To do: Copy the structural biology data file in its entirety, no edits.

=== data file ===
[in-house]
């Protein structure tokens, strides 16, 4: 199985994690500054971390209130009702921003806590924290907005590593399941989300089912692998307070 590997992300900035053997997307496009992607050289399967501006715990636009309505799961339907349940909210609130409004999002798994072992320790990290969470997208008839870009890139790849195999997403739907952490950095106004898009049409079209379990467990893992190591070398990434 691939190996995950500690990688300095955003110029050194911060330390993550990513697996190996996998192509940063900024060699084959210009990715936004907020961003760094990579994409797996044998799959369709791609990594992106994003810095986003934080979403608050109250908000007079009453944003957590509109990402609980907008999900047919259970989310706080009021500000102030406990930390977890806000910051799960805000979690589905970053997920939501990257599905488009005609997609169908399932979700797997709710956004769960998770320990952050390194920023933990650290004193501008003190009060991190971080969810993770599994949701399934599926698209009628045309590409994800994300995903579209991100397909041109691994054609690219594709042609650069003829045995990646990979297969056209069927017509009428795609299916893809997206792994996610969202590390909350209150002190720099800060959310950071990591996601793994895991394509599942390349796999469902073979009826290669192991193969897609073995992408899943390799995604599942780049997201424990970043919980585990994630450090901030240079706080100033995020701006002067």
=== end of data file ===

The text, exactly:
[in-house]
């Protein structure tokens, strides 16, 4: 199985994690500054971390209130009702921003806590924290907005590593399941989300089912692998307070 590997992300900035053997997307496009992607050289399967501006715990636009309505799961339907349940909210609130409004999002798994072992320790990290969470997208008839870009890139790849195999997403739907952490950095106004898009049409079209379990467990893992190591070398990434 691939190996995950500690990688300095955003110029050194911060330390993550990513697996190996996998192509940063900024060699084959210009990715936004907020961003760094990579994409797996044998799959369709791609990594992106994003810095986003934080979403608050109250908000007079009453944003957590509109990402609980907008999900047919259970989310706080009021500000102030406990930390977890806000910051799960805000979690589905970053997920939501990257599905488009005609997609169908399932979700797997709710956004769960998770320990952050390194920023933990650290004193501008003190009060991190971080969810993770599994949701399934599926698209009628045309590409994800994300995903579209991100397909041109691994054609690219594709042609650069003829045995990646990979297969056209069927017509009428795609299916893809997206792994996610969202590390909350209150002190720099800060959310950071990591996601793994895991394509599942390349796999469902073979009826290669192991193969897609073995992408899943390799995604599942780049997201424990970043919980585990994630450090901030240079706080100033995020701006002067």